Car part thefts not slowing down in South Florida
Catalytic converter theft continues to be a growing trend nationwide.
A Lake Worth lawn care business owner recently lost thousands of dollars when his truck, trailer and catalytic converters, along with his lawn care equipment, were stolen.
“It pays the bill,” Alex Gonzalez told WFLX.
For Gonzalez, the truck and trailer he uses for his business, Havana Lawn & Landscaping, are his livelihood.
"It's a cutthroat business. If you're not there on a certain day that you tell your customers [that] you're gonna be there, they look for someone else," he said.
So when his truck, trailer and all of his lawn care equipment were stolen last month, he panicked.
"They stole all my lawnmowers, all my two-cycle stuff, the weed eaters, hedgers, the blowers," Gonzalez said.
Police found his truck and trailer in Miami. However, all of his equipment was gone and the catalytic converters on the truck were missing.
It cost him $65,000 to replace everything.
"I basically lost everything, and then I'm back to square one now," Gonzalez said.
Catalytic converter thefts more than tripled nationwide between 2020 and 2021 with over 65,000 cases.
"When they sell them, they go anywhere from $75 to about $400-$500 on the market," Ron Katz, the owner of several Midas auto shops around South Florida, said.
Katz said at his West Palm Beach store that they've already serviced six vehicles with missing catalytic converters just this week.
They’re now installing metal cages around the converters to help keep the thieves away.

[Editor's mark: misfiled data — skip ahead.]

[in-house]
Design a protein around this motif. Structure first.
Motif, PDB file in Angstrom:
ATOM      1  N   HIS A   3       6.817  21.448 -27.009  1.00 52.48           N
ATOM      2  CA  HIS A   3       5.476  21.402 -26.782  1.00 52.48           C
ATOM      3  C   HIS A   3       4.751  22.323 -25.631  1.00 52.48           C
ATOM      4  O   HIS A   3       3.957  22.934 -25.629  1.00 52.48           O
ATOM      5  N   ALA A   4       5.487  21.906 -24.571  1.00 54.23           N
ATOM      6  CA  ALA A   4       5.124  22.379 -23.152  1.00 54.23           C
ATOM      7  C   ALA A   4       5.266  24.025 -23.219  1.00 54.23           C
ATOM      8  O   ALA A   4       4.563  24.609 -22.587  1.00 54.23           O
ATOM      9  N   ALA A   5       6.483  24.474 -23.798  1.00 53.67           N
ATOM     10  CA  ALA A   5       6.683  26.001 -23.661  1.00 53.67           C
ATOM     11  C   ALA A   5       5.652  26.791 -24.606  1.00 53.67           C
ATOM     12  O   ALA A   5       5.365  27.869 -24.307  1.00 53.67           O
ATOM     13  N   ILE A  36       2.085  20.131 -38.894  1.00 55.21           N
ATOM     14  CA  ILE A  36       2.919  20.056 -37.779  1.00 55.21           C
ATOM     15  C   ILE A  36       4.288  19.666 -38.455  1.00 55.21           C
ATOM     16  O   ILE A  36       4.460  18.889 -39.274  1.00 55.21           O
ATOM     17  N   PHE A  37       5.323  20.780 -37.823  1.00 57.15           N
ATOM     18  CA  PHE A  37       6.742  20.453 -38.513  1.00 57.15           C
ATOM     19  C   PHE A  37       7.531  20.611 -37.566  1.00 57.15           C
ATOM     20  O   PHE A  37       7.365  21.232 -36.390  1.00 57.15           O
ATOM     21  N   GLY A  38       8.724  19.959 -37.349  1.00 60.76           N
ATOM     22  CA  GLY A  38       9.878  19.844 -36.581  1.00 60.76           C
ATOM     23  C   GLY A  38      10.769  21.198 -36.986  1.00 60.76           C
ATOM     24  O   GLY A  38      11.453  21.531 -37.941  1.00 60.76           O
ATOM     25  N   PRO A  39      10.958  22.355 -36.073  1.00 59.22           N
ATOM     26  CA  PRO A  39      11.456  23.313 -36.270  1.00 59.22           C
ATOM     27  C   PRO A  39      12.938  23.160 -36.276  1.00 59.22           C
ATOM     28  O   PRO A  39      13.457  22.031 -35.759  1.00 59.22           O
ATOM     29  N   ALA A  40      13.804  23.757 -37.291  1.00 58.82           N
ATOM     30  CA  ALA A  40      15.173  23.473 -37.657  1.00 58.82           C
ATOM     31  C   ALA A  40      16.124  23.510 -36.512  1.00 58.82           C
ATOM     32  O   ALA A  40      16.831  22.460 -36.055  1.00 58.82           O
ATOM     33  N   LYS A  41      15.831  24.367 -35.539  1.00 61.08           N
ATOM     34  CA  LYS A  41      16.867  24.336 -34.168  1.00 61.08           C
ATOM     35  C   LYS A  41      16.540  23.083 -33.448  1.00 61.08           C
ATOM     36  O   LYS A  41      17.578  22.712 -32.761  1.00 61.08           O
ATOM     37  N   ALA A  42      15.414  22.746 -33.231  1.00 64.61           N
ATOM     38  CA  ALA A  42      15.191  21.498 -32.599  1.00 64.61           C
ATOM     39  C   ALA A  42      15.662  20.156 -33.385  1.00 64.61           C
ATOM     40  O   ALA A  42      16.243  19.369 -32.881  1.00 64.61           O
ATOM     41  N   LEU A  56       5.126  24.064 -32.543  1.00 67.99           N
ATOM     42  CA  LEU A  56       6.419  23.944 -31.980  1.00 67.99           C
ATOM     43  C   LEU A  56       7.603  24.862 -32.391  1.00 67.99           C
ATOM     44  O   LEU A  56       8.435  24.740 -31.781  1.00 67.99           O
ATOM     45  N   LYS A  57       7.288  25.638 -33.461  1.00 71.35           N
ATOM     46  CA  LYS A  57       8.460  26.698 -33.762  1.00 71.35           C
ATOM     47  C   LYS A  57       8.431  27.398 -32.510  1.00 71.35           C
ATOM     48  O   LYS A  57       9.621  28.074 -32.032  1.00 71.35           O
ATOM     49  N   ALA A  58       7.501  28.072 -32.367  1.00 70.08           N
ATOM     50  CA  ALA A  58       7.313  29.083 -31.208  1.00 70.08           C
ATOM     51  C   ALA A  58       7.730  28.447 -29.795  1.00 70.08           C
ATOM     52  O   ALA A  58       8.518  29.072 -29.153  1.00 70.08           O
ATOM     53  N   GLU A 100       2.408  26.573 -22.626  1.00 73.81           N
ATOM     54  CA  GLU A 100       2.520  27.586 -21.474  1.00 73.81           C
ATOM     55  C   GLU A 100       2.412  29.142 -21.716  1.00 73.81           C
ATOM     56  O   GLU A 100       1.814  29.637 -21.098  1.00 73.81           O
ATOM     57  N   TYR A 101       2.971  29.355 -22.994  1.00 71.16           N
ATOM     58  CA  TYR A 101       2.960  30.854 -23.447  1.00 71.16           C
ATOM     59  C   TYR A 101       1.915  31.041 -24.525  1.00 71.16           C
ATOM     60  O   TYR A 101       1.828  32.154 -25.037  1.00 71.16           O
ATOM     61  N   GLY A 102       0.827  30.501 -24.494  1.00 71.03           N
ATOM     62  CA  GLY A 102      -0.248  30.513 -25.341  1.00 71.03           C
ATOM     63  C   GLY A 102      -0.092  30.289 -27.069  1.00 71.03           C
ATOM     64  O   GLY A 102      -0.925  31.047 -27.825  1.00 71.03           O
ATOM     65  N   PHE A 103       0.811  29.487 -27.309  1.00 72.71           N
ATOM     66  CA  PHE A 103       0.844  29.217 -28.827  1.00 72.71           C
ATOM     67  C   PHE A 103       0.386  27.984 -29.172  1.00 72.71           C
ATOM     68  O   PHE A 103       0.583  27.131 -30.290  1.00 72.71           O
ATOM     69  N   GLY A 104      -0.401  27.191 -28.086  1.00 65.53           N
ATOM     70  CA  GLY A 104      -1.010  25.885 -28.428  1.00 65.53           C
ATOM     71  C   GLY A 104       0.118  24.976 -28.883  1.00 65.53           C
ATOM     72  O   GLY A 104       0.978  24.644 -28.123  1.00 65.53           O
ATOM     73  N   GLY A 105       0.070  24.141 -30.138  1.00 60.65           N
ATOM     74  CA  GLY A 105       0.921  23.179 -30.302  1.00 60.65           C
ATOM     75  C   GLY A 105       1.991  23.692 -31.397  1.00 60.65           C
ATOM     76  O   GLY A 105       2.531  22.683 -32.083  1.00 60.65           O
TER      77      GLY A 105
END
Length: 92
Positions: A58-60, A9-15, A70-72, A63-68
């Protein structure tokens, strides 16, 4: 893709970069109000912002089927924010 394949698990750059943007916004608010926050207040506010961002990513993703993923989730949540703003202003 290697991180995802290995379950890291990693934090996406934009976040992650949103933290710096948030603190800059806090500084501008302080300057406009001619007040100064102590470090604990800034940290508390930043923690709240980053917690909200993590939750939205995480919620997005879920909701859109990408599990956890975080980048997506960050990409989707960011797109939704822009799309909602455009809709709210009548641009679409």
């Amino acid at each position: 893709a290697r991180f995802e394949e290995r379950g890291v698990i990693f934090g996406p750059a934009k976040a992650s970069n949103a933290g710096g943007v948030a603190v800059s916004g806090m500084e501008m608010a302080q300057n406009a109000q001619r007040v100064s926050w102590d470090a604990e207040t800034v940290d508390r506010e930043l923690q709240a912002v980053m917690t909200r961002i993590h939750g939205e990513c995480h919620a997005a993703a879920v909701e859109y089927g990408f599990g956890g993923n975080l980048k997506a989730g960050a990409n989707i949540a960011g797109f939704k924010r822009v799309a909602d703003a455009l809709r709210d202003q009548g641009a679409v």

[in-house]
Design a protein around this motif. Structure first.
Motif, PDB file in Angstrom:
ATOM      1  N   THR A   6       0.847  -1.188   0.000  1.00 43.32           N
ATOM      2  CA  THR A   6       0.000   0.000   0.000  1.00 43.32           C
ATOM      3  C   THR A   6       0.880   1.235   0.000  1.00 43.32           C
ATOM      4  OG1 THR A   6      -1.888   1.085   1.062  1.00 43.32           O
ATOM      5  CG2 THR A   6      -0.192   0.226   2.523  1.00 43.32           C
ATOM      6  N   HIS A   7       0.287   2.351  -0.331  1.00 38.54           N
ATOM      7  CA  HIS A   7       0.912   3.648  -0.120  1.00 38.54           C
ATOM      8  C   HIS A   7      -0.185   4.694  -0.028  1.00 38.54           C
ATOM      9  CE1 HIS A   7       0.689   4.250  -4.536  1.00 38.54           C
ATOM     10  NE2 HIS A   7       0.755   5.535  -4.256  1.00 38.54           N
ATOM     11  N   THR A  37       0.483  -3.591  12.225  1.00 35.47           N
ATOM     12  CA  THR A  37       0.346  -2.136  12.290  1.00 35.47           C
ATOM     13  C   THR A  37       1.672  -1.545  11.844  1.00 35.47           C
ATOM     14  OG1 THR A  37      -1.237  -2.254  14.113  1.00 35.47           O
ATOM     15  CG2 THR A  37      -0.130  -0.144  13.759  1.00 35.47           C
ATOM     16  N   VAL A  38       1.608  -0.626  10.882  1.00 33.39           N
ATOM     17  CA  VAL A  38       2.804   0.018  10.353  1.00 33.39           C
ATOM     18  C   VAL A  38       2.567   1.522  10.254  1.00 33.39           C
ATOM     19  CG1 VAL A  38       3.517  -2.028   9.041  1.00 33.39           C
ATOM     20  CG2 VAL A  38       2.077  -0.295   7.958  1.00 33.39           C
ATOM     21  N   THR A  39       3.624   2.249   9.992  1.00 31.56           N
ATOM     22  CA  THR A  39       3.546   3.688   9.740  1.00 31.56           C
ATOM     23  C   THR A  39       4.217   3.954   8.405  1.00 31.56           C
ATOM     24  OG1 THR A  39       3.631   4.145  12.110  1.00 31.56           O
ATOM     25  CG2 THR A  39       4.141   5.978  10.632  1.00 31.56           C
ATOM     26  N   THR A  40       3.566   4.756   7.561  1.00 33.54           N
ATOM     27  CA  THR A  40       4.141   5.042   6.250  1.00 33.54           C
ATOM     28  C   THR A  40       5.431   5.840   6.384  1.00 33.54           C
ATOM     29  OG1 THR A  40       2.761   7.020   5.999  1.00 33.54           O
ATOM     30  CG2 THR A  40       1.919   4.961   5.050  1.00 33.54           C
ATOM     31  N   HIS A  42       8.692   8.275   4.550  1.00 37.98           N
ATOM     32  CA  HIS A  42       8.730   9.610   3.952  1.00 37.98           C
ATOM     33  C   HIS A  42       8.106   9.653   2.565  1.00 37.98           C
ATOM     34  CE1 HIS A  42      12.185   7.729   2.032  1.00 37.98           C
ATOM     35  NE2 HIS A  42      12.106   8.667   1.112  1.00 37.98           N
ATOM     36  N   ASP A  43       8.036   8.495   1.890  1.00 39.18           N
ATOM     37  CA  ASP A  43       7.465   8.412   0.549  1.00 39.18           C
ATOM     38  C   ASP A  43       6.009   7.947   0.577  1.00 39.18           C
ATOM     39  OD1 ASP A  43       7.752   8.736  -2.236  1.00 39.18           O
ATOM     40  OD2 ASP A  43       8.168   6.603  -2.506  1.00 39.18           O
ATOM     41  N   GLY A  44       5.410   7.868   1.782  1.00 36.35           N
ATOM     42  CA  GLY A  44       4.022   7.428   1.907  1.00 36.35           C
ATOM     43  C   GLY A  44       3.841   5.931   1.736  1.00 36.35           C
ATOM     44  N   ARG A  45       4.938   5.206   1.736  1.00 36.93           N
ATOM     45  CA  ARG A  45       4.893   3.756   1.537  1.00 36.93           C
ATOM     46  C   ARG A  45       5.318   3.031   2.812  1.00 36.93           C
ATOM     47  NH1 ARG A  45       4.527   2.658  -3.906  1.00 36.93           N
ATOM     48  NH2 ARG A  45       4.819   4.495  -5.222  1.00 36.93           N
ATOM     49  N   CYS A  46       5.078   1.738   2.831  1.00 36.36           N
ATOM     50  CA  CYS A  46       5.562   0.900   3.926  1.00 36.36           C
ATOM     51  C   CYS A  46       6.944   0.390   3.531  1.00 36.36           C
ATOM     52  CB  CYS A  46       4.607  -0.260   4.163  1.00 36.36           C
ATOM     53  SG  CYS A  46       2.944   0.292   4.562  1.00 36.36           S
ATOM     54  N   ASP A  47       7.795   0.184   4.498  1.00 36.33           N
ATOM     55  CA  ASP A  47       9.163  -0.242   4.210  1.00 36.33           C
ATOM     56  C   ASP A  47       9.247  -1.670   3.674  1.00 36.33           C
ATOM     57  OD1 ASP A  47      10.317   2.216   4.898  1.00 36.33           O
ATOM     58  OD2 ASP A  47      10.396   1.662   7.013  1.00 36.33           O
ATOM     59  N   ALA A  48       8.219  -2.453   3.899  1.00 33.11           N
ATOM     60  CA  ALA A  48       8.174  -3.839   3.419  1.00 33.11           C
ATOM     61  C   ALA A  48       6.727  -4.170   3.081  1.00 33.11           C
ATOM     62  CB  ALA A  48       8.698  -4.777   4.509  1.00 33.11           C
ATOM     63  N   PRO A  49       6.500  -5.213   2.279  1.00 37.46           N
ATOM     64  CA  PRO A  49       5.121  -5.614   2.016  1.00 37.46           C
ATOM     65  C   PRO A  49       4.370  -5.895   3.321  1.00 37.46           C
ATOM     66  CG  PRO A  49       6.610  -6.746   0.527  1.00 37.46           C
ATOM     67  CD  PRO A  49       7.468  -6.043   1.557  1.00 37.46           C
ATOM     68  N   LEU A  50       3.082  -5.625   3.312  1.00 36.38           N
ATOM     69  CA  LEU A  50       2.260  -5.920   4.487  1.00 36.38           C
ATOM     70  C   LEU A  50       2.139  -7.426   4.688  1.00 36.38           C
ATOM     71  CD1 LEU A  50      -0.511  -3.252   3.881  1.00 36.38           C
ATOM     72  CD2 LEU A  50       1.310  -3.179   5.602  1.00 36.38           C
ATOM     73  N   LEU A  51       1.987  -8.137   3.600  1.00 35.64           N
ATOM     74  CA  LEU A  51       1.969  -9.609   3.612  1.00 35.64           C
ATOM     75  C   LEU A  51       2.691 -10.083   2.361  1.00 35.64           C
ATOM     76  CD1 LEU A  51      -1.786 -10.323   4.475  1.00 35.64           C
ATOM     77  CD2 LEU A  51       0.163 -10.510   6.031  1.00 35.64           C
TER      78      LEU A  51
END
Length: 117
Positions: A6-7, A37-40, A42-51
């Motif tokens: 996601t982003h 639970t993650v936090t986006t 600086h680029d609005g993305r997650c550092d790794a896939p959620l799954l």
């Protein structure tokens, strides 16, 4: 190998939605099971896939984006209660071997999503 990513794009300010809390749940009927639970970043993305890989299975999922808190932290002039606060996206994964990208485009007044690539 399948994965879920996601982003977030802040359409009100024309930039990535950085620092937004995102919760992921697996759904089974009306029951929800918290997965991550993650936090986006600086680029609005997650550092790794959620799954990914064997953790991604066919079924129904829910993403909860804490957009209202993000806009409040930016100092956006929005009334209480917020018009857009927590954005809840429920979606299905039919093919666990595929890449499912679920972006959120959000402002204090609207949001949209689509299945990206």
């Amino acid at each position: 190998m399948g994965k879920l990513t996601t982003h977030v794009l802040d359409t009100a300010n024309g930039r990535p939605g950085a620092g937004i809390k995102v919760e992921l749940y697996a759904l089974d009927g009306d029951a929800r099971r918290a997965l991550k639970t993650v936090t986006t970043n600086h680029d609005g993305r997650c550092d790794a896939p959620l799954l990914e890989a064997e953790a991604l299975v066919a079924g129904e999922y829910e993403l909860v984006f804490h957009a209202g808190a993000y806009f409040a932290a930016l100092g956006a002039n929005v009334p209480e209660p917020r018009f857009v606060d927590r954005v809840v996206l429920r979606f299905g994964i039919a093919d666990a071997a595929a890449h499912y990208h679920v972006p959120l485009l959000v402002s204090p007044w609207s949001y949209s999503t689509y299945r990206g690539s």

"They have precious metal in them, so they're worth some money on the black market," Katz said.
Katz said carrying out the crime is easy to do. Criminals take battery-powered saws and cut the converter right off the vehicle. It only takes 30 seconds, according to Katz.
"What they’re doing now is they're going after commercial vans because they sit higher," Katz said. "So it's a lot easier for them to get under and saw them off."
From under the car, to inside the store, criminals are targeting pretty much everything car-related right now, according to Joe Dipasquale, who works at Auto Zone's corporate office.
"They'll put their hands on anything they can turn around and flip," Dipasquale said. "Tools are one of the things that go really quickly because they’re expensive."
At Katz’s Midas store on Military Trail, they are now offering free etching for catalytic converters. A VIN number is etched onto the converter, often keeping away thieves who don't want to steal something that can be tracked.
Scripps Only Content 2022